Touching the Void
Michael Joshua Rowin on demonlover

“The only thing not prerecorded in a prerecorded universe is the prerecordings themselves: the master film. The unforgivable sin is to tamper with the prerecordings . . . We might say that the next radically new concept biologically speaking will be the transition from Time to Space. This transition consigns the entire Time film, a whole prerecorded and prefilmed universe, to the scrap heap.”
—William S. Burroughs, The Place of Dead Roads

If demonlover was one of the most scrutinized films of 2003, it was because director Olivier Assayas boldly chose to so directly enter, as well as represent, the new technology at the center of image circulation and the multibillion dollar entertainment industry. His camera captures manga, anime porn, 3-D graphics, and video games, all readily consumed but rarely acknowledged, especially in contemporary cinema. Its title is apt—the word “demon” originates from the Greek daïmon, meaning “divine power,” a term fitting for the status images wield in the 21st century. Connecting image culture with sex and violence within the struggle for global influence via new media, demonlover’s complex plot—concerning Diane de Monx’s entrance into a world of double and triple crosses in her company’s takeover of cartoon porn manufacturer TokyoAnimé—transcends metaphor and enacts a deconstruction of our spectacle-obsessed society.

Simultaneously ghostly and tangible—or “there and not there,” as coworker Hervé says of Diane—the hi-tech in demonlover comes directly into conflict with the “ancient” medium of film. The appearance of violent, spastic animated pornography explodes the screen, rupturing linear progression by making time stand still for desire while also initiating a move into transgressive spatial dimensions. Desire becomes control, control becomes power: while the perpetual present of these images loosens time’s stranglehold on life, Assayas doesn’t envision immortality but instead the individual’s endless journey through demon-infested nightmares. Simply put, demonlover is about control.

Unlike The Matrix’s video game omnipotence, demonlover remains critical, cautious. Manga and anime porn function within cinematic quotation marks, like found footage, and the overall feel of Assayas’s film is one of detachment, not absorption. The eventual leap into a pure spatial sensorium at the expense of narrative cohesion begins only after the viewer receives a thorough tour of capitalism’s staging grounds, the headquarters of the ubiquitous VolfGroup. Like Peter Watkins’s La Commune (Paris 1871), which combined digital video immediacy with old-school agitprop, Assayas’s film studies media’s status as commodity and weapon. Commodification extends to demonlover’s characters: repeatedly framed behind windows reflecting a streamlined external world, visages become disembodied, exchangeable abstractions. These shots rhyme with the swish pans and nighttime photography that create ephemeral light spheres and flickering tears in the image, forming correspondences between the alienating modern landscape and its inhabitants.

When dissolution of the optical field finally bursts into frenzied, hallucinatory disorder (reminiscent of Irma Vep’s self-destructive denouement, in which scratches and markings on the emulsion signal, as well as resolve, artistic frustration), demonlover appropriates the structural characteristics of current media like music videos that dispense with narrative causality in favor of plastic free association. Is this a pertinent tactic in foregrounding the workings of new entertainment, or is it a mere aesthetic indulgence? I believe it’s the former: Assayas not only subverts film’s temporal dimension by constructing scenes which exist outside of time and within a sort of mental space, he also rescues entertainment’s nihilistic paroxysm of repressed violence and carnality by concentrating on the solitude of the dislocated subject. After being dragged through a disorienting labyrinth of betrayal both human and technological, Diane wears an expression of numb resignation as the flames of a crashed, burning car snap around her in the middle of a desert wasteland. Rarely has a film gathered such visual poetry from the literal and figurative ashes of the dead forms it has left behind.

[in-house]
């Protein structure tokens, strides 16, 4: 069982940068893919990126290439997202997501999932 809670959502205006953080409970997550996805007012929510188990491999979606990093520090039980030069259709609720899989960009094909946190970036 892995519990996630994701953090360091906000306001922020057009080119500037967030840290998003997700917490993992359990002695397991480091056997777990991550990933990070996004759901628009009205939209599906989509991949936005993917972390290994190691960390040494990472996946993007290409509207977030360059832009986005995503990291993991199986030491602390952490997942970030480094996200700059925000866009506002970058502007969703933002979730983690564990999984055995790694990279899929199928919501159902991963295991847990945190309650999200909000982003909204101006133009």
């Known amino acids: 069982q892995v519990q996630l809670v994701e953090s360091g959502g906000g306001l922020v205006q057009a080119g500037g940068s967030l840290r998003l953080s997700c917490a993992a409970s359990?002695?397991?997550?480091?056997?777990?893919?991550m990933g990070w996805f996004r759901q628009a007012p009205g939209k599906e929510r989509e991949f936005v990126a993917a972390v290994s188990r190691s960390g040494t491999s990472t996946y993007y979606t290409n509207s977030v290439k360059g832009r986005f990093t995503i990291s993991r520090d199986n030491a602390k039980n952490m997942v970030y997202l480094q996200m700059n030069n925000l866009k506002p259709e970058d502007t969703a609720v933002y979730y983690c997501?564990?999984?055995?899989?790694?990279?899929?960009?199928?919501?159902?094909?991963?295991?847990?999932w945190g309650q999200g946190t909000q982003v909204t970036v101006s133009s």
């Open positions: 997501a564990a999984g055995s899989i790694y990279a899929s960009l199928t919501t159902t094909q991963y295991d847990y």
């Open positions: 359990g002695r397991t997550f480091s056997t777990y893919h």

On my initial viewing of demonlover I took issue with its epilogue, in which Diane appears on a teenager’s computer screen as a Hellfire Club victim awaiting interactive torture. I thought the intended message was didactically stated. But watching the film again, I couldn’t help but think of the capture of Saddam Hussein and its subsequent verification via images of the former dictator, the camera dissecting his ravaged face. The image’s power lies here, in its ability to serve several masters without faithfulness to any of them. Hussein, ruler of the state apparatus at one moment, becomes everyone’s very own insect under glass at another. In the next presidential election, candidates will be vying for political control through mastery of the image, and despite Americans’ self-satisfaction in being “media-savvy,” appearances, rather than ideas, will most likely inform decisions. "As Diane worries out loud, 'Nobody sees anything. They look but don't understand.'" During this period, Assayas’s film will be on my mind—as one of the few examples of a film confronting contemporary media, its portrayal of a world inundated by visual demons is frightening, confusing, and very, very real.